JACKSON, Tenn. – Nov. 6, 2008– Jasmine Pearman’s voice rang out across the room.
The Union sophomore called out the letters and the numbers, and the residents of the Mission Convalescent Home placed the chips on their bingo cards. Interspersed with the home’s residents were members of the Union University group Mosaic, which offers a community for minority students and those from different cultures and backgrounds. They talked and laughed with those living at the home, and gave out candy to the bingo winners.
“We’ve been cleaning wheelchairs, windows, doors and things like that,” said Union senior and Mosaic president Matthew Marshall. “And also just playing games with them and hanging out with the people.”
The Mosaic group was just one of 60 such teams that fanned out over the Jackson community on Nov. 5 for the sixth annual “Campus and Community: A Day of Remembrance and Service.” More than 800 students, faculty and staff participated.
Campus and Community day is an opportunity for Union to show its appreciation to the community for its assistance after tornadoes hit the campus Nov. 10, 2002, and Feb. 5, 2008.
Following the storms the Jackson community stepped in and brought food and supplies to the campus, while local residents gave of their time and talents.
Union cancels most classes on this day each year to allow the university community to participate in projects at such places as local schools, nursing homes and social organizations.
“It’s a way to be able to get out and give back in a way that God wants us to,” said Emily Davis, a junior from Hendersonville, Tenn., where she is a member at First Baptist Church. “We don’t always have the opportunity when we’re busy with classes and other things. I think it’s a good way to serve our community and say thanks for all the help that they’ve done.”
Davis and her team spent the day at Tigrett Middle School in Jackson, painting the front doors and the school’s sign.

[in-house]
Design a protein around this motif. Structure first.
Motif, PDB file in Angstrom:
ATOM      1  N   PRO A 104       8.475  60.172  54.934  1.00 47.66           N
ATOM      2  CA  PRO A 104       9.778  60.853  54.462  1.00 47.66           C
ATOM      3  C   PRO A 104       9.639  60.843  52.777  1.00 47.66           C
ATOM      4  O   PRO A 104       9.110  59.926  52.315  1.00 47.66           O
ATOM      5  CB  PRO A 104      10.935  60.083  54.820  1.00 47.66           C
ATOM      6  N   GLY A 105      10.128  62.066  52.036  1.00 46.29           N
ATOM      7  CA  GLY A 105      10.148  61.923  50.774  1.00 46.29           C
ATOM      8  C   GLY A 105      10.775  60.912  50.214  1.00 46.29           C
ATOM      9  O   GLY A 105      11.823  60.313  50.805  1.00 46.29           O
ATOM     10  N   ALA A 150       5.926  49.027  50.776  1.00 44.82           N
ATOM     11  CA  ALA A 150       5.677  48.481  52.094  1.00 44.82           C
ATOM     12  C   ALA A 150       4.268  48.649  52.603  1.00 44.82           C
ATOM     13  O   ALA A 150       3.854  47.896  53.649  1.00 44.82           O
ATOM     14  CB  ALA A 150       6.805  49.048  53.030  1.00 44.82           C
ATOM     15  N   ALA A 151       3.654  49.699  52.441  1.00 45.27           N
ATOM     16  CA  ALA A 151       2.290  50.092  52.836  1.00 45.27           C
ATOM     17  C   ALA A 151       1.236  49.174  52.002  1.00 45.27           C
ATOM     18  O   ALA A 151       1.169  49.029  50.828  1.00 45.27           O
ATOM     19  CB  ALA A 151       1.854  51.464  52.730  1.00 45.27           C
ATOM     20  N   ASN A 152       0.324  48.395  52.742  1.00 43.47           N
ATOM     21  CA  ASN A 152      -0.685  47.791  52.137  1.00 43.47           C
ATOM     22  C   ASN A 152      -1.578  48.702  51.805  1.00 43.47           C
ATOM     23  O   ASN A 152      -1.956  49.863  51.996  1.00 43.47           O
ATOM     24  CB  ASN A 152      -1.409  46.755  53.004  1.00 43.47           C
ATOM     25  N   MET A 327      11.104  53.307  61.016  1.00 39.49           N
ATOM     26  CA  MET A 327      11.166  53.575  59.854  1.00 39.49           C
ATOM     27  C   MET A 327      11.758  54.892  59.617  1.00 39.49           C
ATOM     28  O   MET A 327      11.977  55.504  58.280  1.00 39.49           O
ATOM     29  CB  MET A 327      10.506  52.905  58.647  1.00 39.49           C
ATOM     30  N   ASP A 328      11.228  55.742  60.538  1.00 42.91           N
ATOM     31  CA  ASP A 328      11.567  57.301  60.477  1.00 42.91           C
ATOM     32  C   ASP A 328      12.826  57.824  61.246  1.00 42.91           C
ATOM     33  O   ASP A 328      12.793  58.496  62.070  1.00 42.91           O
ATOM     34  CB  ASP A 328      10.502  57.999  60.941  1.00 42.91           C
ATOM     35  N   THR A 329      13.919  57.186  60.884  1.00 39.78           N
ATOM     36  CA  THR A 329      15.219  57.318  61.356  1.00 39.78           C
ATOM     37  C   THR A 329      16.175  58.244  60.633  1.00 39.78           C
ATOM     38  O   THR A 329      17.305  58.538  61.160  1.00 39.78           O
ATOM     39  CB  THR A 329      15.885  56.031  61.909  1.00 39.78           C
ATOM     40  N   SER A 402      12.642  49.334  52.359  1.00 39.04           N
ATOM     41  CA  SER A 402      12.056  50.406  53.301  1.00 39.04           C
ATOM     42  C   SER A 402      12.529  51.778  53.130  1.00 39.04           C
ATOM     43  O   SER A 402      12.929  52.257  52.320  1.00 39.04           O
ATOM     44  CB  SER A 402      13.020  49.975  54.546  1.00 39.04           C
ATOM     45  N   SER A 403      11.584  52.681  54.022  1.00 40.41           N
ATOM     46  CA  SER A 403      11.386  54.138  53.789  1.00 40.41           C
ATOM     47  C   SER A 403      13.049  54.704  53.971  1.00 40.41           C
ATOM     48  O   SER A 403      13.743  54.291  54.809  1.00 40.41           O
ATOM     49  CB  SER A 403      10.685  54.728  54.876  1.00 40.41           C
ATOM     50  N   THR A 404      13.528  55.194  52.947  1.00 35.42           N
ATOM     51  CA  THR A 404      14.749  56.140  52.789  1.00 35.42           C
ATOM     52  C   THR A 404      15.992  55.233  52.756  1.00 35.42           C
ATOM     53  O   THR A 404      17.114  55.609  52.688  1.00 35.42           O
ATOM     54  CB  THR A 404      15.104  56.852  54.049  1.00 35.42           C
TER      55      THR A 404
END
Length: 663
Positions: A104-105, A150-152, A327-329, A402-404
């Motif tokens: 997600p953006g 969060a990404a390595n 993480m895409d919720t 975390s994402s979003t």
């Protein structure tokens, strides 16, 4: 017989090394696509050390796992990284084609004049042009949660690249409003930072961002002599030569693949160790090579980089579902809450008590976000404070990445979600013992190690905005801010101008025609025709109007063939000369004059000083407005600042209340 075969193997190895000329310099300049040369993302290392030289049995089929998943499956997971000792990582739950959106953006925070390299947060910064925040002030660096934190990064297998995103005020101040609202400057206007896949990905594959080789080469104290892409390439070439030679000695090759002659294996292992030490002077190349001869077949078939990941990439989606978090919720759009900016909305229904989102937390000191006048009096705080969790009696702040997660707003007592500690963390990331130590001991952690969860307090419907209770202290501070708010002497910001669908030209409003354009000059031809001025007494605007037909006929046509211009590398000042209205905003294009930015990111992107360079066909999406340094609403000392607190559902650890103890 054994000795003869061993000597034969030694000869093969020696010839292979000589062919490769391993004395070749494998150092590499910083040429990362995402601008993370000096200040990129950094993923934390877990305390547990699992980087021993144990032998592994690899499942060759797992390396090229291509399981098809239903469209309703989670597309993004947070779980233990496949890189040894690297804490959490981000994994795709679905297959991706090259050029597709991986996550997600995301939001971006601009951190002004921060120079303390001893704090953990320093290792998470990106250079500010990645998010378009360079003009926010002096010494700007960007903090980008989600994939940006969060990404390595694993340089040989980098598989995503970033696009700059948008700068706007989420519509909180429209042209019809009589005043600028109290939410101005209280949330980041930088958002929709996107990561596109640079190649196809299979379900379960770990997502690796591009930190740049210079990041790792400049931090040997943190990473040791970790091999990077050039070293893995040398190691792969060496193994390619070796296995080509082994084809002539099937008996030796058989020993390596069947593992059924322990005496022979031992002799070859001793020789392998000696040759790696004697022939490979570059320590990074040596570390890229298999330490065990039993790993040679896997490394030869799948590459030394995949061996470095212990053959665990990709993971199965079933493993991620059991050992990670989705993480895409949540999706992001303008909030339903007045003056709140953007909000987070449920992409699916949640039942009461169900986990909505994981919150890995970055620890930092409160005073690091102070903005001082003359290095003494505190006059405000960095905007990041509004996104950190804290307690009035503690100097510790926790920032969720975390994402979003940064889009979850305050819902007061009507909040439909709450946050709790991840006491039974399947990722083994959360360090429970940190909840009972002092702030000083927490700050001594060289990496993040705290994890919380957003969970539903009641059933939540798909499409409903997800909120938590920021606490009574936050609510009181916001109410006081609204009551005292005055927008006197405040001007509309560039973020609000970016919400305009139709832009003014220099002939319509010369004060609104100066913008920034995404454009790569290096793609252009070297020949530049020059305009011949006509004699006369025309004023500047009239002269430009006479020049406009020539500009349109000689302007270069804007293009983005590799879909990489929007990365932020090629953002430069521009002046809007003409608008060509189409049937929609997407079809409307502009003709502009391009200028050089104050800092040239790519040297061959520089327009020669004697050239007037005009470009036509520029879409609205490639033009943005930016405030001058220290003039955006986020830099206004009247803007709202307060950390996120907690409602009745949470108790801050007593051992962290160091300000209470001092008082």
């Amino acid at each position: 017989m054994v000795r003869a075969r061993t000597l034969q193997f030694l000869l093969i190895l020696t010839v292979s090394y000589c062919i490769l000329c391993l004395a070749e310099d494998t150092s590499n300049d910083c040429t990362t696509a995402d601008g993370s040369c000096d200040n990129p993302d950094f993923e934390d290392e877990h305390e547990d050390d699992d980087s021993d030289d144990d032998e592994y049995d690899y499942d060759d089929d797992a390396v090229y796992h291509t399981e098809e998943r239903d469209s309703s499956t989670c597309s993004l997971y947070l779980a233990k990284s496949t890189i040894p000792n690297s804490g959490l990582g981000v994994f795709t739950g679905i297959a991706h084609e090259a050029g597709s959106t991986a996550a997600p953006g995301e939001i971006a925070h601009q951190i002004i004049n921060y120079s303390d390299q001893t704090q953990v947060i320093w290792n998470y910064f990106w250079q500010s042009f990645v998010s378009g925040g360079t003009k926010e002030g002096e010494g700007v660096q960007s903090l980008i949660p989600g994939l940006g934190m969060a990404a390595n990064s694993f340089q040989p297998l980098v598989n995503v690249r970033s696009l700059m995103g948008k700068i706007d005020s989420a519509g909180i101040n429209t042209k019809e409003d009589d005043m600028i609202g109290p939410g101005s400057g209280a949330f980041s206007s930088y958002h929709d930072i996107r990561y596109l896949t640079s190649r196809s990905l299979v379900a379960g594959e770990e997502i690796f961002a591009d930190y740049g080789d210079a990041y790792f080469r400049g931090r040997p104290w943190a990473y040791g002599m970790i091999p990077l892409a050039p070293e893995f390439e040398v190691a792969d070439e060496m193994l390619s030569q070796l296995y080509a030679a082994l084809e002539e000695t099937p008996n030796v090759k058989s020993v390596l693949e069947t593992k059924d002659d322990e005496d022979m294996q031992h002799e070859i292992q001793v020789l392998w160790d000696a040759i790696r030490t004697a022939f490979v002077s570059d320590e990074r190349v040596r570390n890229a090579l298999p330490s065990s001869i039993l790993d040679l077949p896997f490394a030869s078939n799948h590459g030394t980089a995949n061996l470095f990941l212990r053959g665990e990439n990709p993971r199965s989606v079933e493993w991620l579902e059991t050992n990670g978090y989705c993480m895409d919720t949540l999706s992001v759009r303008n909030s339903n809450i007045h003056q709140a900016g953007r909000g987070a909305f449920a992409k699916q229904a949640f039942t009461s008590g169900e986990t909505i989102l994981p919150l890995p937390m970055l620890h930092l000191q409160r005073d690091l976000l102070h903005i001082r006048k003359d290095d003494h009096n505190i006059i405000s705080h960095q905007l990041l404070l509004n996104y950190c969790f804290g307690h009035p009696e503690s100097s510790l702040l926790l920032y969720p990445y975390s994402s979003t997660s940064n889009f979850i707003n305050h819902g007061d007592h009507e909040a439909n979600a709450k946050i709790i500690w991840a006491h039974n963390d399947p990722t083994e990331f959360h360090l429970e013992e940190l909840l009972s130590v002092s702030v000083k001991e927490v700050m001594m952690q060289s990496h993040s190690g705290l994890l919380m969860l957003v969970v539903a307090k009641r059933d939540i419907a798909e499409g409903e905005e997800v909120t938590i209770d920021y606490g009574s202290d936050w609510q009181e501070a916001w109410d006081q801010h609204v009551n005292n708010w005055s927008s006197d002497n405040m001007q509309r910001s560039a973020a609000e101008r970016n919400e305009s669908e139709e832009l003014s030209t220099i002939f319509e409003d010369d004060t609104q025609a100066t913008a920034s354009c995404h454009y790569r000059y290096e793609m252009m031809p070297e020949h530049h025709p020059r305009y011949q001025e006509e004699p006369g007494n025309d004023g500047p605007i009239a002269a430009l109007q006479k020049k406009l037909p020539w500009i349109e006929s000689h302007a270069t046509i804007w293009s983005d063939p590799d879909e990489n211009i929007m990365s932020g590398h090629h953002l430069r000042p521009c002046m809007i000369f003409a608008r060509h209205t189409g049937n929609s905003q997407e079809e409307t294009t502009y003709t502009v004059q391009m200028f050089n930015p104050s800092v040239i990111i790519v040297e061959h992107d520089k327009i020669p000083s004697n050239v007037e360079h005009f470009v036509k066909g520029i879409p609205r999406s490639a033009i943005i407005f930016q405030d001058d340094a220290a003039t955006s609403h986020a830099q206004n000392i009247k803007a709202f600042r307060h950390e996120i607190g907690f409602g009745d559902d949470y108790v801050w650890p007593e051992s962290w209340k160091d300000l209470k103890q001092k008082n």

Janice Epperson, the principal at Tigrett Middle School, said the work of the Union students was helpful not only for the physical appearance of the school, but also for the impact it has on the middle school students. The school has a Beta Club that stresses community service, and Epperson said the Union volunteers gave the club members an example to follow.
“No matter how old you are or what level of education you have, you can still give back to the community,” she said.
In downtown Jackson, more than 30 Union students spent the day working on a building that will be used as a day shelter for the homeless, as well as the offices of Area Relief Ministries. They painted, scraped and cleaned the building that had fallen into serious disrepair.
“The community gave back to us so much after Feb. 5, and I’ve heard the tornadoes before that,” said Katrina Parker, a senior from Nolensville, Tenn. “So this is just an opportunity to come out to the community and do what they did for us, and serve them with no expectation of getting anything back. I think the Lord calls us to serve in many ways, and this is an opportunity to do that.”
The day began with a 30-minute chapel service, in which Union President David S. Dockery reminded the students of what God had done for the university over the years – most significantly on the night of Feb. 5 and the days following.
“We remember not only the event, but we remember God’s providential care,” Dockery said. “We remember God’s strength to us, his grace, his mercy, his amazing provision in allowing us to be here today, recognizing all that has taken place to bring about rebuilding and recovery and restoration on this campus.”
Dockery said the annual event was established six years ago so that the university could tell those who were not at Union when the tornadoes hit what God had done.
“Today we gather together to remind one another of God’s goodness in days gone by,” he said. “He has indeed brought renewal out rubble across this campus.”